- Latency and performance issues. On-premises applications were designed to run on specific systems. So, they may not perform well once moved to a cloud environment.
#2. What Is Refactoring for the Cloud?
Refactoring is migrating an application to the cloud by re-architecting it to run on a cloud provider’s platform. Refactoring for the cloud takes advantage of a cloud provider’s platform as a service (PaaS).
- Improved functionality. Your applications can be re-architected and developed to benefit from the flexibility and scalability of the cloud.
- Minimal rewriting. Developers can reuse their existing applications’ languages, frameworks, and whole chunks of code.
- Reduced costs. High operating costs can be avoided by re-architecting an application for more efficient resource management on the cloud, scaling up and down as needed.
- Improved reliability. Application components are decoupled from each other and integrated with highly available managed services.
- More complex. Refactoring involves code changes that require expertise to pull off successfully. There is always some risk of code errors that have been changed, leading to delays, cost increases, and unexpected service downtime.
- Increased time to deploy. All code changes need to be tested thoroughly.
- Vendor lock-in. Integrating with the services of any cloud provider makes migrating to a different provider later more difficult. Still, it’s usually the better strategy to optimize time to market and innovation opportunities.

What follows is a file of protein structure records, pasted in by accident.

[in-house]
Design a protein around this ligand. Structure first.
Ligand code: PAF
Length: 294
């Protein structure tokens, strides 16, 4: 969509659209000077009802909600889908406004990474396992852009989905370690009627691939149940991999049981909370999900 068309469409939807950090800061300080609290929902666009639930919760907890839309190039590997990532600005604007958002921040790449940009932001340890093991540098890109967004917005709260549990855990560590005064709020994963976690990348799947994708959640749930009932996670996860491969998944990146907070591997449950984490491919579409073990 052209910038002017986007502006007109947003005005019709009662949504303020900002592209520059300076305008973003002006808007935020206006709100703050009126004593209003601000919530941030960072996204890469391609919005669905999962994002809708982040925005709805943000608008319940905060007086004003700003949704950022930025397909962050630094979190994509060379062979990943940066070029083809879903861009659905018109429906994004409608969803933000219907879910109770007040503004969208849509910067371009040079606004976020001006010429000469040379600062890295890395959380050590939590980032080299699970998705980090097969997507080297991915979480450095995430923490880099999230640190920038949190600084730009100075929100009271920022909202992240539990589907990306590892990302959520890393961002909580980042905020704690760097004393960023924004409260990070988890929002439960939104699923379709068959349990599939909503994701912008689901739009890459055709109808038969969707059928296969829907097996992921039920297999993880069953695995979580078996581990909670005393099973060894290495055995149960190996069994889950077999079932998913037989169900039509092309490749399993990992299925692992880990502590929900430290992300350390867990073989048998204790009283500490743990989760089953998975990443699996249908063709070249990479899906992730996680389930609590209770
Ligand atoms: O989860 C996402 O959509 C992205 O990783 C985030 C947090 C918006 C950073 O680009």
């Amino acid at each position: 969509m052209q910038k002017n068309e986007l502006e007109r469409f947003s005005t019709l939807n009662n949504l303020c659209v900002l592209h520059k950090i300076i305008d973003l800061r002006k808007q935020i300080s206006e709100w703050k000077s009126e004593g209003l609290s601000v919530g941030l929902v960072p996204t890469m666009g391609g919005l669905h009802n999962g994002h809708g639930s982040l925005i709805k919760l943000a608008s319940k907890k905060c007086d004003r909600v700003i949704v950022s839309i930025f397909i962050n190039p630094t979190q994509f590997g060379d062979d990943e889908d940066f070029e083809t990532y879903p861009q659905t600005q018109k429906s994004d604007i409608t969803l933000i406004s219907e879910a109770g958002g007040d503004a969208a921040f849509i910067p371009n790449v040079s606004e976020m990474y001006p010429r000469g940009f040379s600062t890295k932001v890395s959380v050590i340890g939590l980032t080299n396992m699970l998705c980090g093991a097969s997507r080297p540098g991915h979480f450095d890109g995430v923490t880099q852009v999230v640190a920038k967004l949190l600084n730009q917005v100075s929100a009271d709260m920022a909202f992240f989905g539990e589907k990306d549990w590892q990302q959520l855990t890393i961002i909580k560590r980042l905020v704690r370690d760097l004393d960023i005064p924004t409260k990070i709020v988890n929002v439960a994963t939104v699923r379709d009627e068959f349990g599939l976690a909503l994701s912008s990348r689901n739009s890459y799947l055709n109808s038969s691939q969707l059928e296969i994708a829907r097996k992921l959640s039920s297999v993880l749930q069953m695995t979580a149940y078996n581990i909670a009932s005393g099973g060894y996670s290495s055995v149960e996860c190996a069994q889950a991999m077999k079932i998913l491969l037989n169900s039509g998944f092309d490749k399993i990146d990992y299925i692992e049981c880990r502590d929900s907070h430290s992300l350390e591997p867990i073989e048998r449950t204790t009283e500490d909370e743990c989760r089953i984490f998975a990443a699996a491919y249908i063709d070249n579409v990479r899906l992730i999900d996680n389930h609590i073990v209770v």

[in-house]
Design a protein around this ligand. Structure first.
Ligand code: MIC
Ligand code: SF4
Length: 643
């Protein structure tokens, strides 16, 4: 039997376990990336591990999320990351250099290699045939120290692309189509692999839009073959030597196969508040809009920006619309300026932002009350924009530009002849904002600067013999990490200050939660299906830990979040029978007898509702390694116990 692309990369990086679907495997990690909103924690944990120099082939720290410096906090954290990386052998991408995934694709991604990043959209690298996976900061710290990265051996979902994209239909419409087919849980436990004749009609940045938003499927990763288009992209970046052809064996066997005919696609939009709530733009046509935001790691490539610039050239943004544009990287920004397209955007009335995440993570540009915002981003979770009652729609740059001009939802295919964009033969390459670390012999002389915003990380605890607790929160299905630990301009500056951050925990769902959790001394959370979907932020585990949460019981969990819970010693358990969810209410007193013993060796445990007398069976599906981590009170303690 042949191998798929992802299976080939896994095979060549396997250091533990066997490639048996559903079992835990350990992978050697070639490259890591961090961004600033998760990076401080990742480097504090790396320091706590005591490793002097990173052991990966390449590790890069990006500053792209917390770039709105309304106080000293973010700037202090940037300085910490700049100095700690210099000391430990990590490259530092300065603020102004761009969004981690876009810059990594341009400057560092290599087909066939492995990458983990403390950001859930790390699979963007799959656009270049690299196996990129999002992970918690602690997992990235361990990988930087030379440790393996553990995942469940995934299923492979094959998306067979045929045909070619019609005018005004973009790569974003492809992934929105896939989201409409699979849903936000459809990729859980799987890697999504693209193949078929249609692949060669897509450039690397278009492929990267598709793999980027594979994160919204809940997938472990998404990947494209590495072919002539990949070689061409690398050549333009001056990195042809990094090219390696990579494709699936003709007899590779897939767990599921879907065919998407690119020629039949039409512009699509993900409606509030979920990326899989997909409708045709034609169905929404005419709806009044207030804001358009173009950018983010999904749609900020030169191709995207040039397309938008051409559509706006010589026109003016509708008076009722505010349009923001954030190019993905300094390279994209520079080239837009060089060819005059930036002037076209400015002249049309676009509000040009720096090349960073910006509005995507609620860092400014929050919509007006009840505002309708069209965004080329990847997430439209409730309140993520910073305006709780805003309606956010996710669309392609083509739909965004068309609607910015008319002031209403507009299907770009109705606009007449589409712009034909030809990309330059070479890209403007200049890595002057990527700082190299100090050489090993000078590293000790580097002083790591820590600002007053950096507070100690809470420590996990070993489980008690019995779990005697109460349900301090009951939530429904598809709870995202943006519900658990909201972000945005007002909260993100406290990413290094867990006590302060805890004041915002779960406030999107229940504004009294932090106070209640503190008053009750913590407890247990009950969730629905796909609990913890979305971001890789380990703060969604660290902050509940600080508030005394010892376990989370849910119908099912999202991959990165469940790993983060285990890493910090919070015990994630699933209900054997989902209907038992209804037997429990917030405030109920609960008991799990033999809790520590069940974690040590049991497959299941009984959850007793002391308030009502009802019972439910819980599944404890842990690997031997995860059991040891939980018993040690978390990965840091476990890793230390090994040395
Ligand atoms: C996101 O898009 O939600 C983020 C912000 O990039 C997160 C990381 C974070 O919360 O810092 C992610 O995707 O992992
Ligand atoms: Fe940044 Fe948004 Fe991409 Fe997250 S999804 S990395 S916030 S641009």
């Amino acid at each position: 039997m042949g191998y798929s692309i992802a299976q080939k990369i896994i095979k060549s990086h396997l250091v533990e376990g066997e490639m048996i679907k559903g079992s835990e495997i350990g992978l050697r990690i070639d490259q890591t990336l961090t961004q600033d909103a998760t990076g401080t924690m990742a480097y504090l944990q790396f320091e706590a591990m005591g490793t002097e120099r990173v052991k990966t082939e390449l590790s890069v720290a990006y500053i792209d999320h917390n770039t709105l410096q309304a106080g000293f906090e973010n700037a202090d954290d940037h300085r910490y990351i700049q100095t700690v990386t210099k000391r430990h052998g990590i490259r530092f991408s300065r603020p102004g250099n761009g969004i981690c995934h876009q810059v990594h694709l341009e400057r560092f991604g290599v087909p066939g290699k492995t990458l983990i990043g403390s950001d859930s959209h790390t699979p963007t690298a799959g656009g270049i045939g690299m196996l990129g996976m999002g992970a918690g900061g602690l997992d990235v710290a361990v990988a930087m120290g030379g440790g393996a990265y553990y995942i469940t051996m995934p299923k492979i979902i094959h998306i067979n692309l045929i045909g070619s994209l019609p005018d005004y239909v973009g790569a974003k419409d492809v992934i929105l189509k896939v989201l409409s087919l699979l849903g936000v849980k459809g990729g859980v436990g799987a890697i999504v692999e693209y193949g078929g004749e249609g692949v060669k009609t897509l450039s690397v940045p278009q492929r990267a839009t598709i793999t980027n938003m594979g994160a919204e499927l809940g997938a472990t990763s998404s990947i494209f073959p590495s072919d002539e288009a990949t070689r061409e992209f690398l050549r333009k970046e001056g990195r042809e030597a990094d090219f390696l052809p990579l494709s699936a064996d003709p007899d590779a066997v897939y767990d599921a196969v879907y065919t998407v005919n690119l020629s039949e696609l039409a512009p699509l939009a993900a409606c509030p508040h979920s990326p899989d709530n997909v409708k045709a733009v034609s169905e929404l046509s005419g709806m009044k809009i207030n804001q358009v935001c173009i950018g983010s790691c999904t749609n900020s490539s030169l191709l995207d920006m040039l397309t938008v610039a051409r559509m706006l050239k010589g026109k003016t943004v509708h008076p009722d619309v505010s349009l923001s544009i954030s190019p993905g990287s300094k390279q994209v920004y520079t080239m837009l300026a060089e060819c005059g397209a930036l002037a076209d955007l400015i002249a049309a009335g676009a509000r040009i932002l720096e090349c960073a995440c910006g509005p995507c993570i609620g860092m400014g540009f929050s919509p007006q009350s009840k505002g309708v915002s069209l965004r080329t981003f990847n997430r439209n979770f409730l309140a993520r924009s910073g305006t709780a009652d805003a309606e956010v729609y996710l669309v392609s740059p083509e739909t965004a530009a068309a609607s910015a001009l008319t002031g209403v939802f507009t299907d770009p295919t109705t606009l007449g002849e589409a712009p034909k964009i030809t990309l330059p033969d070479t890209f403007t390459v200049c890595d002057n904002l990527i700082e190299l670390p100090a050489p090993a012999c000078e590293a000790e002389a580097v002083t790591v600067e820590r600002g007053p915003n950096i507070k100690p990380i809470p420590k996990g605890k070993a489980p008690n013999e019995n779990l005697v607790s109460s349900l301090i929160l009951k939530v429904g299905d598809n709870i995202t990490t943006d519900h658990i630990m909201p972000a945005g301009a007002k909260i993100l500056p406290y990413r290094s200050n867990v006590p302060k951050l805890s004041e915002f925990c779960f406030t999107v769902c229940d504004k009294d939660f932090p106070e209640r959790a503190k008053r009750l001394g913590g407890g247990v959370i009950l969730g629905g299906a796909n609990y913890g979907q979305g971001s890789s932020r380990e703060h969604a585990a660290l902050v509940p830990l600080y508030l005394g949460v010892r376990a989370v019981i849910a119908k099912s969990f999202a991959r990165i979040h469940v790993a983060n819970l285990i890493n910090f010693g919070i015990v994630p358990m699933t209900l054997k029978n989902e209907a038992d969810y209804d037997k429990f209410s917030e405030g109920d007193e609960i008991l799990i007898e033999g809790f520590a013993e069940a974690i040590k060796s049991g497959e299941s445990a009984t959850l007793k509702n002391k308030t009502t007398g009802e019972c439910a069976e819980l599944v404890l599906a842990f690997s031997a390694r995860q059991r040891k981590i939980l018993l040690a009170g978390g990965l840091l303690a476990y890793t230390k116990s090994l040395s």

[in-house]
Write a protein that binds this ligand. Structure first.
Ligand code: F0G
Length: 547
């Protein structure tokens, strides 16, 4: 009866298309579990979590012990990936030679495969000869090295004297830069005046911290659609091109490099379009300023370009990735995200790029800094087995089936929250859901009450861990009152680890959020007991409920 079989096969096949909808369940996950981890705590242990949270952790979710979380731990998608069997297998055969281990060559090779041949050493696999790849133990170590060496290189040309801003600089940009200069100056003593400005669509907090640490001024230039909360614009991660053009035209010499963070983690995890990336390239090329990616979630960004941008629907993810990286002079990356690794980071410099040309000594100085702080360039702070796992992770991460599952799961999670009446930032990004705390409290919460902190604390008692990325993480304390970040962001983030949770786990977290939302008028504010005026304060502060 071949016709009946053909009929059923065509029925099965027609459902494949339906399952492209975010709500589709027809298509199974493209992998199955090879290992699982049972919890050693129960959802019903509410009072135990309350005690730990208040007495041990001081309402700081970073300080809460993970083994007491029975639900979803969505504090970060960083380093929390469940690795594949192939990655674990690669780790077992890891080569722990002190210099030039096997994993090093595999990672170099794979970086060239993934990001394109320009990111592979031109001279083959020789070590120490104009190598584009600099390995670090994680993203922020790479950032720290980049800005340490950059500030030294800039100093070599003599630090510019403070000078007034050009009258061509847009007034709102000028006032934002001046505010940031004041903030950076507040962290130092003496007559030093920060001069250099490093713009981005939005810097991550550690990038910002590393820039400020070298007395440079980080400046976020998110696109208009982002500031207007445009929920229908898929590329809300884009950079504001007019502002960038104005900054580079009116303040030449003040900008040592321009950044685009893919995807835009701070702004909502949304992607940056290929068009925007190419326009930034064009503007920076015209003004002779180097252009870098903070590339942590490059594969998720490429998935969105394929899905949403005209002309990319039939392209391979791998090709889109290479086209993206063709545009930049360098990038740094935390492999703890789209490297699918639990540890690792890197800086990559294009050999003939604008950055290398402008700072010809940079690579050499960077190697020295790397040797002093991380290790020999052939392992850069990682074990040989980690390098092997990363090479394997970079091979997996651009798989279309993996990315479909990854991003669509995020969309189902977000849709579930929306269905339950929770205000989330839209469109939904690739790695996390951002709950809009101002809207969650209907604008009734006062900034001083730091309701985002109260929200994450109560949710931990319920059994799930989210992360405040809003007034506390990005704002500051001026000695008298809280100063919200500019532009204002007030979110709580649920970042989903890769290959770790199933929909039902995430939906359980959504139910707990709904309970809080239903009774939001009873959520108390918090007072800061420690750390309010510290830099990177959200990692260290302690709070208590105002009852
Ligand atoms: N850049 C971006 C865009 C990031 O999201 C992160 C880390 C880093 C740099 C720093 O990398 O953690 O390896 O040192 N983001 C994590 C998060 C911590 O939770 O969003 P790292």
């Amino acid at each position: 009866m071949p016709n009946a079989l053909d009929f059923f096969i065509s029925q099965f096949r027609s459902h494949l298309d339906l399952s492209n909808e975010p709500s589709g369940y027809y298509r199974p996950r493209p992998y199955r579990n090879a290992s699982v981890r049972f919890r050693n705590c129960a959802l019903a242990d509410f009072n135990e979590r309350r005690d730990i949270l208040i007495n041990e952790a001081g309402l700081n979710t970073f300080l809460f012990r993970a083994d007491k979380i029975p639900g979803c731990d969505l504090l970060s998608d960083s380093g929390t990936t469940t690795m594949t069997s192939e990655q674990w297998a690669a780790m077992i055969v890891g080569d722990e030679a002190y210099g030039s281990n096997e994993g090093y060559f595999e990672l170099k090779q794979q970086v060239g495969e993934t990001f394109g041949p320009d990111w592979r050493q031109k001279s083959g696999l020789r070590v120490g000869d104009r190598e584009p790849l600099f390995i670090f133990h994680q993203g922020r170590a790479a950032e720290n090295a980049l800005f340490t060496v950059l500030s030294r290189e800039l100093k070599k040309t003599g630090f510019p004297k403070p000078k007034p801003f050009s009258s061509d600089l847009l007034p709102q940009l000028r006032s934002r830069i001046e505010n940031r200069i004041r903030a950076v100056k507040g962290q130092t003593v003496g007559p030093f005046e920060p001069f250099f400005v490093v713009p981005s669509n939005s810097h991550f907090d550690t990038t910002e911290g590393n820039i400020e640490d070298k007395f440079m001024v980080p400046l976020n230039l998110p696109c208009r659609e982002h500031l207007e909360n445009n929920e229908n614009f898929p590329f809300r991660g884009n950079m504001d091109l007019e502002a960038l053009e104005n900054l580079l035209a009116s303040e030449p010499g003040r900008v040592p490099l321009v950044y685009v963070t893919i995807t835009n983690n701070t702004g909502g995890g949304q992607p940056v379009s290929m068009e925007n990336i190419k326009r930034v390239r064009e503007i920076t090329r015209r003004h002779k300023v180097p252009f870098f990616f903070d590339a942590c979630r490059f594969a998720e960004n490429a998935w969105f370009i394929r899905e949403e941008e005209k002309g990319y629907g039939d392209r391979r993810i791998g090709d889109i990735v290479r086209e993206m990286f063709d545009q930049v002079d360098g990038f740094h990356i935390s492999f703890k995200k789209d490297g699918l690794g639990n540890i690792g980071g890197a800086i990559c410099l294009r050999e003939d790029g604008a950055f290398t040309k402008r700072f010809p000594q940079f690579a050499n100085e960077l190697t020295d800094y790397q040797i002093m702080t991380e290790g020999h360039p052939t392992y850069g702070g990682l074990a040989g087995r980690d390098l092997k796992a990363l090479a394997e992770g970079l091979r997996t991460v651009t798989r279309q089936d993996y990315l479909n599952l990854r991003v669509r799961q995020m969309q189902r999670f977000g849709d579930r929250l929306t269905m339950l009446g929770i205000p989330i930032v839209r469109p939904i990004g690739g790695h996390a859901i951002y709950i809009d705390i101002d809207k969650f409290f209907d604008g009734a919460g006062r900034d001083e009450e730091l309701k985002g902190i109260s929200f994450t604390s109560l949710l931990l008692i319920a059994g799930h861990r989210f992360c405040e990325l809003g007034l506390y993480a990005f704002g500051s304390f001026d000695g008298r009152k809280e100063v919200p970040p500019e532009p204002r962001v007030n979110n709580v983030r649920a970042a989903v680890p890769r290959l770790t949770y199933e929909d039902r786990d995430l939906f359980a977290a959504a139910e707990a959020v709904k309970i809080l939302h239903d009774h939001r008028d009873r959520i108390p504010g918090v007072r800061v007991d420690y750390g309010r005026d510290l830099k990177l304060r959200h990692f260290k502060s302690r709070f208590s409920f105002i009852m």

#3. What Are Cloud Containers?
A container is a standalone software executable that contains everything it needs to function. A container decouples an application from the environment in which it runs.
A container can include software dependencies needed by the application, such as code libraries and specific versions of programming languages.
A cloud container is just another name for a container that is executed by cloud computers.
- No vendor lock-in. An application packaged in a container is decoupled from its operating environment and can easily be redeployed.
- Minimal effort to deploy. An application can have everything it needs to run included in its container. So, the application should run as expected, with no bugs from different environments.
- Cheaper to run. Containers don’t require much memory to run because they don’t need an operating system to be executed. So, they can be more affordable to run in a cloud environment.
- Easy to create. Applications are usually simple to containerize.
- Who can containerize not all applications? An app can’t be containerized if it depends on a specific platform or directly manipulates hardware devices.
#4. What Is Serverless?
An application has a serverless architecture when broken up into functions that can be invoked and scaled individually on the cloud as needed.
Converting an application to a serverless architecture takes advantage of a cloud provider’s function as a service (FaaS).
- No need to manage servers. Developers can focus on business functionality. The cloud provider handles all server software and hardware needed to run the functions.